Some of the best perks came Tuesday.
Verplank stood outside the locker room at Quail Hollow and could barely complete a sentence without players, caddies and officials stopping by to congratulate him. His cell phone was so overloaded with voice mail and text messages that the screen broke, so he switched to his wife's phone and that one broke, too.
``I'm on my third in two days,'' he said. ``I've had more people call and text message me than I ever have in my life.''
It was the fifth win of his PGA TOUR, and by far the most meaningful.
Verplank won the Western Open while in school at Oklahoma State, at the time the first amateur in 29 years to win on tour. His last victory had been the Canadian Open in 2001, significant because it came a few weeks after he was the first player to make his first Ryder Cup team as a captain's pick.
Winning the Byron Nelson was emotional in so many ways.
He was among the best juniors in Dallas, and his relationship with Nelson began when Verplank was 17 and Nelson called him up and asked to watch him hit balls. To win the first tournament after Nelson died was almost too much for him to handle.
``I've never been choked up winning a golf tournament in my life,'' Verplank said, who struggled slightly to keep his composure even as he spoke on Tuesday. ``There's no crying in golf, but I'm telling you, I could hardly speak.''
And while it was important to win for the memory of Nelson, it also was meaningful for his grandfather.
Bob Bybee had been hospitalized that week because of congenital heart failure. Verplank went to see his 87-year-old grandfather after his first round Thursday.
``I called him right when I got done (Sunday) and asked him if he was feeling better,'' Verplank said. ``He said, 'You betcha!' To me, he's a guy a lot like Byron Nelson. He's been a great influence in my life. He's a real gentleman, and he was a pretty fair golfer in his day.''
Michelle Wie has accepted a sponsor's exemption to play in the Canadian Women's Open, the first time she will play north of the U.S. border. The tournament will be held Aug. 16-19 at Royal Mayfair Golf Club in Edmonton.
But it won't be her first time playing a Canadian event.
Wie first played against the men in 2003 at age 14 in the Bay Mills Open Players Championship on the Canadian Tour, even though the tournament was held in Michigan. She missed the cut after rounds of 74-79.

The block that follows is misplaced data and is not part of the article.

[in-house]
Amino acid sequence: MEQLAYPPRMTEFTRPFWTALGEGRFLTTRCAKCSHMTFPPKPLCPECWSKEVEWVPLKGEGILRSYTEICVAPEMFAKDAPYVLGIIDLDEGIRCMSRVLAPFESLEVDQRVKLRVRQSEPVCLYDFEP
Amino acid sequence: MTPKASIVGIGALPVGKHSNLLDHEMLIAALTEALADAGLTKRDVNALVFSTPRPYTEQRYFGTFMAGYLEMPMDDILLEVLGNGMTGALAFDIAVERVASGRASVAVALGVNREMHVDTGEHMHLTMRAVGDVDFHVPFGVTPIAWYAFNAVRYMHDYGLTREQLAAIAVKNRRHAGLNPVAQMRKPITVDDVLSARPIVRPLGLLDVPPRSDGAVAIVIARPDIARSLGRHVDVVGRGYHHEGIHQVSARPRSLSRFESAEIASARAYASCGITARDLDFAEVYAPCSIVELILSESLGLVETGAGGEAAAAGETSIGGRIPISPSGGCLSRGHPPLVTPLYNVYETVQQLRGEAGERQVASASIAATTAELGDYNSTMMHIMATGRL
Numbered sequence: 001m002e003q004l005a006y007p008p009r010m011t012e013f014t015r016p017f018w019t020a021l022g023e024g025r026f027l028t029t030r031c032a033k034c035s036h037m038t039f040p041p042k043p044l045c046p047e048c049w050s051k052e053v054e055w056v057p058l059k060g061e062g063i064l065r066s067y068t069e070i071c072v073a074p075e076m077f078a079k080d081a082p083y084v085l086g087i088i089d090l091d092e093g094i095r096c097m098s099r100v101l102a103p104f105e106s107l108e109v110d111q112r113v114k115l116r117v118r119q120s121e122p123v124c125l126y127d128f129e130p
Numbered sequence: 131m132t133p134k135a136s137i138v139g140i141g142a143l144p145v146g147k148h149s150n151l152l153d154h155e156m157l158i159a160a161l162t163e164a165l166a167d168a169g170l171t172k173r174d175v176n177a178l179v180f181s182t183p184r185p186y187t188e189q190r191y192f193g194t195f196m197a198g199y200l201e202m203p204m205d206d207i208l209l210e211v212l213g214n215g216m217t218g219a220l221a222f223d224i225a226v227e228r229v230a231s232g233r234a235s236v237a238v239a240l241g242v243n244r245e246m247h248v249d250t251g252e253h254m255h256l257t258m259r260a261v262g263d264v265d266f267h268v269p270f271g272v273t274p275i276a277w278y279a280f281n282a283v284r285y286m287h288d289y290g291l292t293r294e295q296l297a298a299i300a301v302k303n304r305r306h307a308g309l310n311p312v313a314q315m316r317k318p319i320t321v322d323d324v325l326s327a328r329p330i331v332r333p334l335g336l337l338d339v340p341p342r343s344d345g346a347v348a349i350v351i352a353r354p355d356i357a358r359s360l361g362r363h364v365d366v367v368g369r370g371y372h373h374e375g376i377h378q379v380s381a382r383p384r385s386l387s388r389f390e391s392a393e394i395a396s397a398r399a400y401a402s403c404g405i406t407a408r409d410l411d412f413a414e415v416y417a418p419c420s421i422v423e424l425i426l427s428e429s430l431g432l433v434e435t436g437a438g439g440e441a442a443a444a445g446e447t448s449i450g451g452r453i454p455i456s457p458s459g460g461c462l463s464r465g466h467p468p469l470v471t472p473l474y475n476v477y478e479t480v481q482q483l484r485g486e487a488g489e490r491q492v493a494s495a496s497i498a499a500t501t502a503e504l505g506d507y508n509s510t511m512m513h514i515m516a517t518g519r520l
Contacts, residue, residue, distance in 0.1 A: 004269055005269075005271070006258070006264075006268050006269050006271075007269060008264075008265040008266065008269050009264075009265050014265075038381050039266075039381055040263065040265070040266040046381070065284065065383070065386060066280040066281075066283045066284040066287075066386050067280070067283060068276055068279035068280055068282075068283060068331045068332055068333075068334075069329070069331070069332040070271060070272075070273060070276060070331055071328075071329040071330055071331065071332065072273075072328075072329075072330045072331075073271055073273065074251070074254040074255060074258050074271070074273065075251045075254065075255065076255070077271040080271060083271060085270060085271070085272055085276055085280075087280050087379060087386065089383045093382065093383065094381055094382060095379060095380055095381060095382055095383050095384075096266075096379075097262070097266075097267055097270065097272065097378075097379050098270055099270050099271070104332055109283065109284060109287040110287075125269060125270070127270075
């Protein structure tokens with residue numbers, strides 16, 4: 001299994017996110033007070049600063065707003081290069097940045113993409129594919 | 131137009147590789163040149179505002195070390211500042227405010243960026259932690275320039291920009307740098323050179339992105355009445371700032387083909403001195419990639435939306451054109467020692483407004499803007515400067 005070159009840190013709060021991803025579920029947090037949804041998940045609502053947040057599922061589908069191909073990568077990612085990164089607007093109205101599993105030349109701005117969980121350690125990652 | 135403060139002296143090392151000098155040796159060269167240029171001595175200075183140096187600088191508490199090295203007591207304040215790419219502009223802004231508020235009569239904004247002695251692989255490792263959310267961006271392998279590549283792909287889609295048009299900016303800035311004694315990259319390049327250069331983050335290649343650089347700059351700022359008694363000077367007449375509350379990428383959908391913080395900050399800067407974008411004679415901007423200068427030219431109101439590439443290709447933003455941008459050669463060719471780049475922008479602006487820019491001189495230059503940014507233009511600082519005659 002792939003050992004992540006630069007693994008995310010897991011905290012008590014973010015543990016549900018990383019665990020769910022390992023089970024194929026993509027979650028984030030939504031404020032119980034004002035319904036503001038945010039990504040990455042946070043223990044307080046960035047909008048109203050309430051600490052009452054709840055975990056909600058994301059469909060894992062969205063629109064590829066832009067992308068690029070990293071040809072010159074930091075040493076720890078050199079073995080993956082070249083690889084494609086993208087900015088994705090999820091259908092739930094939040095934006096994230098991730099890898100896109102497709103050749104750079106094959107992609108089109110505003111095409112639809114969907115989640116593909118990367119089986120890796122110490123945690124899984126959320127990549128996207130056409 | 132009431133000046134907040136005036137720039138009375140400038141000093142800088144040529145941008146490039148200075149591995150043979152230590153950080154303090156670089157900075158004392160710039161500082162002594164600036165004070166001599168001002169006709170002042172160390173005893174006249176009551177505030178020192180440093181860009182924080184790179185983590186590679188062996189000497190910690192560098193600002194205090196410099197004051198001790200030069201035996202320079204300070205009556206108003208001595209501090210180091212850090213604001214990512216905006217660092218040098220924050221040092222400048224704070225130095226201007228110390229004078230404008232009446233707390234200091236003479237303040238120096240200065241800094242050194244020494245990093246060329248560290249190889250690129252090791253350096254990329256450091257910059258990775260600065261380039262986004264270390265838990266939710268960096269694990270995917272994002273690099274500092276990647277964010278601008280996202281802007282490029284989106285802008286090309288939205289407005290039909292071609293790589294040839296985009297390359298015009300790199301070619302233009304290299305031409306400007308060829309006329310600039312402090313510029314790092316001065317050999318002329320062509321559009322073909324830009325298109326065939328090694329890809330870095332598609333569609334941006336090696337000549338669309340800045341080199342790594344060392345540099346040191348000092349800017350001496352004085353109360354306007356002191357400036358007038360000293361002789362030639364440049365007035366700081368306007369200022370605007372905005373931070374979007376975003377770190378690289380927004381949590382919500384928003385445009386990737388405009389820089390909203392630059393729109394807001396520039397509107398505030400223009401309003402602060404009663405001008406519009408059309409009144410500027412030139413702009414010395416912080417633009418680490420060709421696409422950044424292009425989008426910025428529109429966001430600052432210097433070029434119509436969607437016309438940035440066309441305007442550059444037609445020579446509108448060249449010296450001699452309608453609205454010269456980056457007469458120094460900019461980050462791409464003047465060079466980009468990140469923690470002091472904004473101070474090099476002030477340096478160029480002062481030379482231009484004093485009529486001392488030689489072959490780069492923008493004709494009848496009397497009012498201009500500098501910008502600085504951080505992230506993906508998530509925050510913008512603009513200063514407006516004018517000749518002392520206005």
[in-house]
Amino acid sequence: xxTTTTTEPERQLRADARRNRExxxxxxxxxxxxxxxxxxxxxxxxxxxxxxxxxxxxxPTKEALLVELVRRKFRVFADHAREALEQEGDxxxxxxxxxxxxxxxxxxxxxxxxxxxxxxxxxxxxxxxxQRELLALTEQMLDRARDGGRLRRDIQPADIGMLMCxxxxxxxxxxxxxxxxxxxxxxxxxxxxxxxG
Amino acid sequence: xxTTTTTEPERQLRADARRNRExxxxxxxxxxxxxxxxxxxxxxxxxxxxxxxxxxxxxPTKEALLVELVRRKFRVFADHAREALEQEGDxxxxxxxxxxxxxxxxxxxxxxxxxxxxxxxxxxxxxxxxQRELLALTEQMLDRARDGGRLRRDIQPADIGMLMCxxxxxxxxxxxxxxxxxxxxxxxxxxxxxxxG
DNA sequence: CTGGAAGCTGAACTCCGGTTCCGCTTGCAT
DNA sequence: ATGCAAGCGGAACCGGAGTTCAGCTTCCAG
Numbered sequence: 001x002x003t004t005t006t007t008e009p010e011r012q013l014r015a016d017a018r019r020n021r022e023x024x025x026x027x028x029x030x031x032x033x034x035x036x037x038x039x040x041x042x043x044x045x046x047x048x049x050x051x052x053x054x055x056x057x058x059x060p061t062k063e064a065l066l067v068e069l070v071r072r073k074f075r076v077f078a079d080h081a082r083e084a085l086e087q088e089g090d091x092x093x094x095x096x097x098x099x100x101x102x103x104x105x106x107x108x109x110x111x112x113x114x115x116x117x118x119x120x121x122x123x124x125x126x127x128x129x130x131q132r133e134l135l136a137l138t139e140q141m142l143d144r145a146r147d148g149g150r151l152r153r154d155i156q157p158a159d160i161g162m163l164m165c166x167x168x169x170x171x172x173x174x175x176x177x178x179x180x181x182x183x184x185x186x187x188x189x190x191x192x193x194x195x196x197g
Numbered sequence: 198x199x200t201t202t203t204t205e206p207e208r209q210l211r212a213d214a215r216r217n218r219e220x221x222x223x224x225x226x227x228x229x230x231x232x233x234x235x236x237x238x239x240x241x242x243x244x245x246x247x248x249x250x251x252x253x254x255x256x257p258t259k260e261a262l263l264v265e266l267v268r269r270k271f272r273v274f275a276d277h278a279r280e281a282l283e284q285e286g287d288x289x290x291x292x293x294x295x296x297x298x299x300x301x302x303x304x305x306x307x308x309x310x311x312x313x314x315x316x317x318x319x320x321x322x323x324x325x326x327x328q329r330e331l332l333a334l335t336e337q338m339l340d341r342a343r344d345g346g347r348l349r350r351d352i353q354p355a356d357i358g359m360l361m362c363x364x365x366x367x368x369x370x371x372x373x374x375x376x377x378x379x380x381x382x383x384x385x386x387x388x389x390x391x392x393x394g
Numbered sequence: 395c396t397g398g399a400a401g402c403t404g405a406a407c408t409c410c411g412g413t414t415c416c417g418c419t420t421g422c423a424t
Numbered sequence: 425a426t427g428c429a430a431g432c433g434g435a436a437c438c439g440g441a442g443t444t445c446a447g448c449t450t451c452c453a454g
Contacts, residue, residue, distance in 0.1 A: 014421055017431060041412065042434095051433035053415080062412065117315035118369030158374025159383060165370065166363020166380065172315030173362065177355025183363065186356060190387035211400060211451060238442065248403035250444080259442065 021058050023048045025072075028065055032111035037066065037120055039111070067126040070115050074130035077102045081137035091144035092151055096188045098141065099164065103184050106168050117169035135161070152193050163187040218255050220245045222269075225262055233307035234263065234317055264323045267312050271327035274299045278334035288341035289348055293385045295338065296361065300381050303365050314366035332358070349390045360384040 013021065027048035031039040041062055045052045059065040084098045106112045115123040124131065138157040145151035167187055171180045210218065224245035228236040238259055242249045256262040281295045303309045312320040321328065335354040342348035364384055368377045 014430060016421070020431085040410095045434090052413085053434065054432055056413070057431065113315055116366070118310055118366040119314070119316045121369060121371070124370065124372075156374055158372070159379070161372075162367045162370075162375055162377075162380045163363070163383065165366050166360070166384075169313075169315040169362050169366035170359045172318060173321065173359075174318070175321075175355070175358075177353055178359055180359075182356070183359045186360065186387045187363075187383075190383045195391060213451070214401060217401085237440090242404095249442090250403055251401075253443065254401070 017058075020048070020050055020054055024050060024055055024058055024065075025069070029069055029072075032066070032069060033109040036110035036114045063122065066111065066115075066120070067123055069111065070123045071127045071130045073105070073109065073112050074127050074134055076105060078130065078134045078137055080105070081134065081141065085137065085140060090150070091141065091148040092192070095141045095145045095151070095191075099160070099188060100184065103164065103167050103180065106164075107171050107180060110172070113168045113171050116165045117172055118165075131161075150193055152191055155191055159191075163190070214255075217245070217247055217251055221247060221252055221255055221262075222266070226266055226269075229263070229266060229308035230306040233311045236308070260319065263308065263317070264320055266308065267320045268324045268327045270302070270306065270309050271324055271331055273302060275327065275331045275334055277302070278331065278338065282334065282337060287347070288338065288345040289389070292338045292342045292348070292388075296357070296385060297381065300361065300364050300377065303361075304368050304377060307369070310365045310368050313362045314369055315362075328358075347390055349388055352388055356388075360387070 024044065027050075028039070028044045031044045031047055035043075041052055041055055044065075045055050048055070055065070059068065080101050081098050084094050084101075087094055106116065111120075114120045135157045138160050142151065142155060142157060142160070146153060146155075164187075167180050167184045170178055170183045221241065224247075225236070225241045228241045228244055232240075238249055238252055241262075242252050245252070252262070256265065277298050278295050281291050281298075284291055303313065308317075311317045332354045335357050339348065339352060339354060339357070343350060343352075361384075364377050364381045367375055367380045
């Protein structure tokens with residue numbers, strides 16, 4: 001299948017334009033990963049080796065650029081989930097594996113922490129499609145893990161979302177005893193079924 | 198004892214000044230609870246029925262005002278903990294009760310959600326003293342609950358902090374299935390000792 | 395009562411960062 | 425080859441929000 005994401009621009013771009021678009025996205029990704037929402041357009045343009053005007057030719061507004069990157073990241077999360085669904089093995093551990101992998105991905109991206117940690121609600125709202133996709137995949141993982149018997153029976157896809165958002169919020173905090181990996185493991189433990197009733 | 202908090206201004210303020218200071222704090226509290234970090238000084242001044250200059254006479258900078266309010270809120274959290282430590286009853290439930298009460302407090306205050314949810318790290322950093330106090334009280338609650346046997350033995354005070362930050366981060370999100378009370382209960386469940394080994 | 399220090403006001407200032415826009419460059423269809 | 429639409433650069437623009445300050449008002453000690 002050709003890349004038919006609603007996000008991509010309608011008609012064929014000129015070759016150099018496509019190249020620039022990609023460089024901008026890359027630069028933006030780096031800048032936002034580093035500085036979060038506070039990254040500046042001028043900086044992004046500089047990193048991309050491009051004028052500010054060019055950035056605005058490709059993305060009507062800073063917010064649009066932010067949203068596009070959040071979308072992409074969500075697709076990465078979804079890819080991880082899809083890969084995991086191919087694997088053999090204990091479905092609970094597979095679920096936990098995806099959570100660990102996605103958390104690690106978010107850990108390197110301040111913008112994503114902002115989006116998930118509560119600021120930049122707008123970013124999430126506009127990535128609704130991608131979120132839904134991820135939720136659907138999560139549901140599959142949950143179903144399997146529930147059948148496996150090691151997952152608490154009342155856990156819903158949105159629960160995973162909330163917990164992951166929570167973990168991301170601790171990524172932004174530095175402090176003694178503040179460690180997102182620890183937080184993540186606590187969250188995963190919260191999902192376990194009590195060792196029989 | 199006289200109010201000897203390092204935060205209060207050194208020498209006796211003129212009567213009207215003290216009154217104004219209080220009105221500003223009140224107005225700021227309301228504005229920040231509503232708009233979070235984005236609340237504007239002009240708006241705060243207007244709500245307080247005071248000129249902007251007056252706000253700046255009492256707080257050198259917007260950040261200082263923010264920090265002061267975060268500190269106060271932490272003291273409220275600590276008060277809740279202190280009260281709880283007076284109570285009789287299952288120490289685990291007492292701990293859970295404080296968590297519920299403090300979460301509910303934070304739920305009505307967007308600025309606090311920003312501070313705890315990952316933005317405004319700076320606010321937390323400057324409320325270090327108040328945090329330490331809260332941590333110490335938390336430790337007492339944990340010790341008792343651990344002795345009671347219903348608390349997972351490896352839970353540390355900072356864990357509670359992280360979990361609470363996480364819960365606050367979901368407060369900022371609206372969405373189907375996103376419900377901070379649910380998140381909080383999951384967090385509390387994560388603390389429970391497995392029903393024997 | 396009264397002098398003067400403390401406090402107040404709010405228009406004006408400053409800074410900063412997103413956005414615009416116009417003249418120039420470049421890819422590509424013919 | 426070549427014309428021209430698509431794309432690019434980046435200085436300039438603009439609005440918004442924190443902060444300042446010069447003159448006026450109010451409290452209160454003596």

``I'm excited to get out there and play again and especially excited to make my professional debut in Canada,'' she said.
Playing the Canadian Women's Open likely will give Wie three straight events on the LPGA Tour, as it follows the Evian Masters in France and the Women's British Open at St. Andrews. Wie would have a week off before going to Canada.
And then it will be off to college for her freshman year at Stanford.
Wie, 17, has not played since the Sony Open because of a wrist injury. She is to return to competition at the Ginn Tribute, a new LPGA event in South Carolina to be held the last week in May.
David Toms had to withdraw from the Wachovia Championship because of personal reasons, leaving the tournament with 27 of the top 30 players in the world ranking. The other players from the top 30 not at Quail Hollow are Paul Casey and Justin Rose.
Also pulling out was David Duval.
The former British Open champion has not played since the Nissan Open in February because his wife, pregnant with their second child, is not bed rest for the final four months of her pregnancy.
Val Skinner, a six-time winner on the LPGA Tour who has devoted 15 years to raising money for breast cancer research, will be honored with the Winnie Palmer Award at the Metropolitan Golf Writers Association dinner June 18.
Skinner in 1996 launched a program called LIFE (LPGA pros In the Fight to Eradicate breast cancer), which benefits the New Jersey Cancer Institute and Susan G. Komen for a Cure. The annual charity pro-am has raised $500,000 every year, the largest single-day donation ever for breast cancer from a golf event.
The Winnie Palmer Award was created in 2000 to acknowledge an individual who has consistently given time, energy and enthusiasm to those less fortunate. The award is named in honor of Arnold Palmer's deceased wife Winnie, who devoted much of her life to charity work for literacy programs and health care.
Of the 58 players exempt from qualifying for the U.S. Open, only 26 are from the United States. ... Luke Donald has 12 consecutive rounds in the 60s at the Byron Nelson Championship, but still no trophy. He has finished second, tied for sixth and tied for 18th the last three years. ... Vaughn Taylor has signed an endorsement deal with E-Z-GO, the world's largest manufacturer of golf carts. The deal is a perfect fit because both are based in Augusta, Ga., and Taylor's mother worked at E-Z-GO for 18 years. Vijay Singh will be playing the BMW PGA Championship on the European Tour on May 24-27, the first of four straight tournaments through the U.S. Open. It will be the 10th time Singh has played Europe's flagship event, with one only top 10. ... Brett Wetterich got the prime parking spot at the Byron Nelson Championship as the defending champion. He also gets good spots at the World Golf Championships. ``My name is close to Tiger's and he's always up front,'' he said.
STAT OF THE WEEK:
Americans have won 13 of the first 18 events on the PGA Tour, their best start since they won 14 times through April in 2001.
``It's not a business of being sentimental. It's a business of trying to win as many tournaments as you can.'' - Jerry Kelly, explaining why only two of the top 10 players in the world ranking played in the Byron Nelson Championship.
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